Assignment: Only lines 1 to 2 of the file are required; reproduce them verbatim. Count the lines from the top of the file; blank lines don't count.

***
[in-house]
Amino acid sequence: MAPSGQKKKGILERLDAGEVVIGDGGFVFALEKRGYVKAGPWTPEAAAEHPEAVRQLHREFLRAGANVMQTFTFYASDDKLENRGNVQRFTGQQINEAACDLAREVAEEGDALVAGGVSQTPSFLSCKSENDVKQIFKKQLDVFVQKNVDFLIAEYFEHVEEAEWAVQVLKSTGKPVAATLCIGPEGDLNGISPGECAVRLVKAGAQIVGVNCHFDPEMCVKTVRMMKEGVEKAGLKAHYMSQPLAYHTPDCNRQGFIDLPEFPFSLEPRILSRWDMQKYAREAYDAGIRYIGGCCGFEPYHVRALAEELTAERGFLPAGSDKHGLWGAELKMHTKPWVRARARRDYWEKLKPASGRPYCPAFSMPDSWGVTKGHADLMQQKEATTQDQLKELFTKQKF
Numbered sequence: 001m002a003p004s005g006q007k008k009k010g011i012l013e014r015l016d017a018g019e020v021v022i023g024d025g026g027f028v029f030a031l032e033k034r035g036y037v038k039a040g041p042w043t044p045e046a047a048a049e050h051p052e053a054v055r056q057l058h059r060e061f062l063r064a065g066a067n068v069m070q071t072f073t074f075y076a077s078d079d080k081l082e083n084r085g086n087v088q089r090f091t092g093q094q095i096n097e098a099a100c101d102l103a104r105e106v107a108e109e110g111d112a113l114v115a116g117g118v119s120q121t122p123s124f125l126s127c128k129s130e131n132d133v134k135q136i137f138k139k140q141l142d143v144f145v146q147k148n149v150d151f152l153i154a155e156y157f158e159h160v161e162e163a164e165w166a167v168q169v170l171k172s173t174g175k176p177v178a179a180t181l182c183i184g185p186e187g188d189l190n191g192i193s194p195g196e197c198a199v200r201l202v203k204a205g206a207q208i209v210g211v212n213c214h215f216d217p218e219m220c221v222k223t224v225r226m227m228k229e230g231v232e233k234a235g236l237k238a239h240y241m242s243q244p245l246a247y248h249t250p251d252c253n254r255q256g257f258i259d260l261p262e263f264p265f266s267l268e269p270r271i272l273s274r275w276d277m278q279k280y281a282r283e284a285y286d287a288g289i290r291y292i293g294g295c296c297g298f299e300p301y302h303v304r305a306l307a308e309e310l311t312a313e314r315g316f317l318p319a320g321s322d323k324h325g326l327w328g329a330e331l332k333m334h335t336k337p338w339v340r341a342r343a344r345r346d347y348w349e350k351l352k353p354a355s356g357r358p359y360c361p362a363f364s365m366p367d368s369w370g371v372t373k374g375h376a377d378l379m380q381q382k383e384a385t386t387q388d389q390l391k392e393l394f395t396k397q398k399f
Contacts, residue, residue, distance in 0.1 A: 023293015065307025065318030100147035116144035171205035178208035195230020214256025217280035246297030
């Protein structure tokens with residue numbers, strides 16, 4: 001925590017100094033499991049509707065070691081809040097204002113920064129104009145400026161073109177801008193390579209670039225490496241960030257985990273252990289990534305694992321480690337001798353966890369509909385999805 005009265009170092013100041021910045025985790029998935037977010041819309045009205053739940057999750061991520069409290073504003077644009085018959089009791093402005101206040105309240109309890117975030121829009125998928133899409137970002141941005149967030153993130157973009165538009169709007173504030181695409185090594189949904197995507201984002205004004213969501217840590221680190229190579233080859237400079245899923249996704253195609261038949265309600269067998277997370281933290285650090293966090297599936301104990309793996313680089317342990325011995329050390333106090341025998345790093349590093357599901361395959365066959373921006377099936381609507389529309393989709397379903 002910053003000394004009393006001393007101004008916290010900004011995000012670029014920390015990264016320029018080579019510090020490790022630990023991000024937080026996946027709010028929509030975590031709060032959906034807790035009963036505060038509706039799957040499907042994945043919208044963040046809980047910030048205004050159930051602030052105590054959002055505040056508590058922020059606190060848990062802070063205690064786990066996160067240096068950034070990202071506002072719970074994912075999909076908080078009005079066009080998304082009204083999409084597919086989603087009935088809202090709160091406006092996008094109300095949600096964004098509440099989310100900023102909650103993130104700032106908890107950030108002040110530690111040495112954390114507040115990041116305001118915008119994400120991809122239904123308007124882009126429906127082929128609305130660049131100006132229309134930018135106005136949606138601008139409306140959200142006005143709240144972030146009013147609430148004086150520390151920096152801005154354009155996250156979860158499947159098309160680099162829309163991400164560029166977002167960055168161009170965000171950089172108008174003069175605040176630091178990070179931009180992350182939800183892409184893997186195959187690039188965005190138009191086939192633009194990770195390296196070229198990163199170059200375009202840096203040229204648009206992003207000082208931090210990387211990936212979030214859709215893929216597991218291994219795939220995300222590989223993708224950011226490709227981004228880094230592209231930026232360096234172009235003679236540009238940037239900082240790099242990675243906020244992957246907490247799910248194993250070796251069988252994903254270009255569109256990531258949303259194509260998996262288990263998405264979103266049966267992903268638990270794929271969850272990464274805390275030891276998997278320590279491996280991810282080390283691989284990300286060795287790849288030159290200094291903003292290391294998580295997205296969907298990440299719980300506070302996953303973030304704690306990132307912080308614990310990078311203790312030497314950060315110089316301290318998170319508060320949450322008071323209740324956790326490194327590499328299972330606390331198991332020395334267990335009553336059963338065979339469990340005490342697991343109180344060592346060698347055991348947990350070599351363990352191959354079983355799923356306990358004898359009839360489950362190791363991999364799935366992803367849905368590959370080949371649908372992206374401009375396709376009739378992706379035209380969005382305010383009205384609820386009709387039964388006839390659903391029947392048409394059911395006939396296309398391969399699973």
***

[in-house]
Amino acid sequence: MAPSGQKKKGILERLDAGEVVIGDGGFVFALEKRGYVKAGPWTPEAAAEHPEAVRQLHREFLRAGANVMQTFTFYASDDKLENRGNVQRFTGQQINEAACDLAREVAEEGDALVAGGVSQTPSFLSCKSENDVKQIFKKQLDVFVQKNVDFLIAEYFEHVEEAEWAVQVLKSTGKPVAATLCIGPEGDLNGISPGECAVRLVKAGAQIVGVNCHFDPEMCVKTVRMMKEGVEKAGLKAHYMSQPLAYHTPDCNRQGFIDLPEFPFSLEPRILSRWDMQKYAREAYDAGIRYIGGCCGFEPYHVRALAEELTAERGFLPAGSDKHGLWGAELKMHTKPWVRARARRDYWEKLKPASGRPYCPAFSMPDSWGVTKGHADLMQQKEATTQDQLKELFTKQKF